by DerekLyons (302214) <fairwater&gmail,com> on Saturday September 16, 2006 @11:24AM (#16120484) Homepage
    The tone of the comments so far are quite amusing - for quite some time, people have been saying "the beauty of GPL is that you can fork - if you don't like the Wikipedia, fork it!". Now that someone is doing so - all the comments revolve around why it's a bad idea to do so.
    • by Raindance (680694) *
      Interesting comment.

      I do think this fork is a mixed bag. On one hand, it's another editing model, and that's great. The more the merrier, because it allows us to see what works. Any a priori theory of what results a new editing model we have is probably going to be flawed: just look at what people were predicting for wikipedia back a few years. And if this project draws new experts into the online encyclopedia fold- people who wouldn't be involved save for this project- that's great too.

      On the other, this i
    • Well, it's the same old scheme as it has been all time everywhere: "It's good when people have free choice, as long as they choose the way I want."

      BTW, Wikipedia is not GPL, but GFDL.
  • This edit [wikipedia.org] on Wikipedia's Citizendium page demonstrates what citizendium's all about:

    The new project will stop uninformed people (such as myself) from randomly editing articals (like this) and filling them with crap.
  • Waa! Waa! Waa! (Score:4, Interesting)

    by Bonker (243350) on Saturday September 16, 2006 @11:26AM (#16120499)
    Wikipedia doesn't work like a regular encyclopedia. Stephen Colbert is making fun of us. The modern media hates us because we're not Encyclopedia Britanica.

    Wikipedia is a wonderful thing. On top of being an incredible source for information, it's an excercise in damage control and chaos theory. Wikipedia works, not despite page defacers and fact monglers, but *because* of them. Without the constant controversy surrounding things like politicians changing their own wiki entries, innacurate or false information would tend to sit in the pool and stagnate.

    Wikipedia is not a traditional encyclopedia. It's not meant to be one. It's not meant to work like one. Trying to treat it like one is foolish. Trying to base a traditional encyclopedia off of Wikipedia is foolish.
    • by owlnation (858981)

      Stephen Colbert is making fun of us.

      Yes, you are right! The strength of wikipedia is in its anarchy. Stephen was not simply making fun, he was warning that moderators choose to become thus because they have an axe to grind, and because there are factions in society that seek to control information, and that both things are dangerous; much more so together.

      Anarchy and lack of moderation is the way to ensure that ultimately the truth can win. It also ensures that visitors have to continue to think, and n

  • After copying Wikipedia, delete all stubs, fancruft, lists of pr0n stars, album descriptions and metal waffle (the articles on obscure metal bands of the 80s in Scandianavia, for example).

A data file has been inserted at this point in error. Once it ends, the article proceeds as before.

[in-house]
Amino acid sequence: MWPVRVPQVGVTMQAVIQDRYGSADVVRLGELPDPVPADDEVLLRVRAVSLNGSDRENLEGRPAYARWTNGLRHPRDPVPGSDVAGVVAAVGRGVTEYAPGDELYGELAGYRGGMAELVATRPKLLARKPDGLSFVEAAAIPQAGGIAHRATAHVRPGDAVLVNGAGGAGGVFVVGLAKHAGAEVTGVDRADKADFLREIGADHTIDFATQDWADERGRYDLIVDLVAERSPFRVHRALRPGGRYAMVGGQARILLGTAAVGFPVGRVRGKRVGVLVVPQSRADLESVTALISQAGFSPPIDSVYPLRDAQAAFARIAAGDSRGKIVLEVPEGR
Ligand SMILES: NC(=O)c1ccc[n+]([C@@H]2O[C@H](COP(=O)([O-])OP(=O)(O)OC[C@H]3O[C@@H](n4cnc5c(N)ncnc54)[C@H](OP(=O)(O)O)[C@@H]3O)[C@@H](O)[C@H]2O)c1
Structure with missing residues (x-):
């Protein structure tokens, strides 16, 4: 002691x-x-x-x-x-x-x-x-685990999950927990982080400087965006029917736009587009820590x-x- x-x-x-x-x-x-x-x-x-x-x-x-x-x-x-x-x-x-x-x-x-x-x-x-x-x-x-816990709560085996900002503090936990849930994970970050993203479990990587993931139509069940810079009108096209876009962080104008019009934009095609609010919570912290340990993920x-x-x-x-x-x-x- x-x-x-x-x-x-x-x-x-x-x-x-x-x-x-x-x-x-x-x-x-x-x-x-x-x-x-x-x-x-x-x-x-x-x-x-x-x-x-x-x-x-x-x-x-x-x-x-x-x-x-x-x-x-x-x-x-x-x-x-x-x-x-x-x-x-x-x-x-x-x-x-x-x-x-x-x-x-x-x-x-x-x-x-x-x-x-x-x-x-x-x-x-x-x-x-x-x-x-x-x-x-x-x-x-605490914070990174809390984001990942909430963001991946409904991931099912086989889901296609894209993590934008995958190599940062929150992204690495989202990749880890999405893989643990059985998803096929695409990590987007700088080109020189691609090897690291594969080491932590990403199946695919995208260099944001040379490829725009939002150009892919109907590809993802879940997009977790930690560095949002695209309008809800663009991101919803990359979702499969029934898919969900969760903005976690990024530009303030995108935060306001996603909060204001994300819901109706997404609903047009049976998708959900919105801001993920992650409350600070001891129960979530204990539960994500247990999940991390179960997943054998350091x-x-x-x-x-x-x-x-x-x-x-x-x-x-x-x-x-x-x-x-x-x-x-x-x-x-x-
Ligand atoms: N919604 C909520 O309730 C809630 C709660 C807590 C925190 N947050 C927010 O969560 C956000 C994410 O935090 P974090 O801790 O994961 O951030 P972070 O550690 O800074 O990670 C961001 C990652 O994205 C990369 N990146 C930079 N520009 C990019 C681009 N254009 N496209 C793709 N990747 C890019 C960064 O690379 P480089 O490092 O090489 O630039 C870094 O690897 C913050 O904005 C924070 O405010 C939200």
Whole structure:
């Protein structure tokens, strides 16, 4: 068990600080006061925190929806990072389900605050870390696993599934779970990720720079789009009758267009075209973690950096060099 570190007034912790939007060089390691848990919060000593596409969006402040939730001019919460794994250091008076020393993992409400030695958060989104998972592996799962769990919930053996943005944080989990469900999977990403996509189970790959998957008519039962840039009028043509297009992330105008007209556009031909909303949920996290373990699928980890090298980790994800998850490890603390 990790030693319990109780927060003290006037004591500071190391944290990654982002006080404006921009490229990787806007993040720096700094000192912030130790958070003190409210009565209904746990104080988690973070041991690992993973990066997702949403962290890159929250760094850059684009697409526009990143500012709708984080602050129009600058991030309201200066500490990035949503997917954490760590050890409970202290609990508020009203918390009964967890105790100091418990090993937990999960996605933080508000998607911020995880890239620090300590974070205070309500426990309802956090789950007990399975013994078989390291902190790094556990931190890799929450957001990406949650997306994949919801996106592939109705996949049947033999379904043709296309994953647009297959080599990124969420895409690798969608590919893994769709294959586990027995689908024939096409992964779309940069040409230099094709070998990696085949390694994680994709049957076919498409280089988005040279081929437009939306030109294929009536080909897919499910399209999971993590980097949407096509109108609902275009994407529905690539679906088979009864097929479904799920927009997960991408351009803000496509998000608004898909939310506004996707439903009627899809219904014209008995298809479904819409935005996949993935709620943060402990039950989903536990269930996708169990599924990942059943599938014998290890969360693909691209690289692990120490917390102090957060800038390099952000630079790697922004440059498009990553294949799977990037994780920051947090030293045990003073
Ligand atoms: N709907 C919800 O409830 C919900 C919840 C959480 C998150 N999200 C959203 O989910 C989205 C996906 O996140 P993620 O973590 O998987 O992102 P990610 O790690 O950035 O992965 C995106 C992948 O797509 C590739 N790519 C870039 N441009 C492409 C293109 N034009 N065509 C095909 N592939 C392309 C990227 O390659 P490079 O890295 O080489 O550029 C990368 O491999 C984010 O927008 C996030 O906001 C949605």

That should reduce the database by 90%

    Next, put ratings on all articles. Those which are rated crap, get deleted and new submissions requested.

    That should halve the database again.

    Now add.
    • After copying Wikipedia, delete all stubs, fancruft, lists of pr0n stars, album descriptions and metal waffle (the articles on obscure metal bands of the 80s in Scandianavia, for example).

      Why? Someone, somewhere, cared enough to create that content. Don't like it? Don't read it.
      • Why? Someone, somewhere, cared enough to create that content. Don't like it? Don't read it.

        Because the point of an encyclopedia is the distillation of quality scholarship, not the preservation of crap. By the way, do you never throw anything away because its outlived its usefulness because "someone, somewhere, cared enough to create it"?

        I'd be more impressed if that person who cared to create it a) signed their real name b) vouched as to its accuracy and c) could actually write an article in English.
  • by rspress (623984)
    I still prefer my hitchhikers guide to the galaxy.
  • Many members of wikipedia are very much amused. This fork was needed just so we could shut up the critics when this project fails. It's not that I wish it to fail, it's just that there is no other way. It's been tried from the start with Nupedia, and without the openess it won't work. Not to mention that Wikipedia has a lot of momentum now and it's not going to be easy to turn that into another project.
  • All that is happening is that Larry Sanger -- who knows a lot about the Wikipedia -- is going to set up a new project that addresses some of the problems that he believes affect the Wikipedia. I don't think Larry was ever entirely sold on the anyone can contribute anytime aspect of the Wikipedia. But that didn't stop him from doing a fine job of herding the project off on a course to success. Presumably his new project addresses what he sees as problems with the Wikipedia -- I'd guess he will attack the
  • First off, there's a well known story that Larry Sanger originally bailed from the Wikipedia because he was submitting poor-quality edits that didn't fit to the standards the community had hashed out, and Larry Sanger got really angry that they weren't being accepted. His logic was, how dare you, I am a professor of philosophy at somewhere or other and I helped found this project etc. The community response was, whatever, but you're putting things into philosophy articles which are not only not very clearly
  • I'm a big believer that Wikipedia is great because it is so radically open. The word "wiki" derives from the Hawaiian word for "quick", and I think that is a good word to use when describing Wikipedia. Citizendium was announced yesterday. There's already an article on Citizendium [wikipedia.org] in Wikipedia today.

    But in my opinion there's no way to completely separate quick from dirty. Hopefully Larry Sanger realizes this, and isn't just in disagreement with Jimmy Wales over the details. If so, and Citizendium becom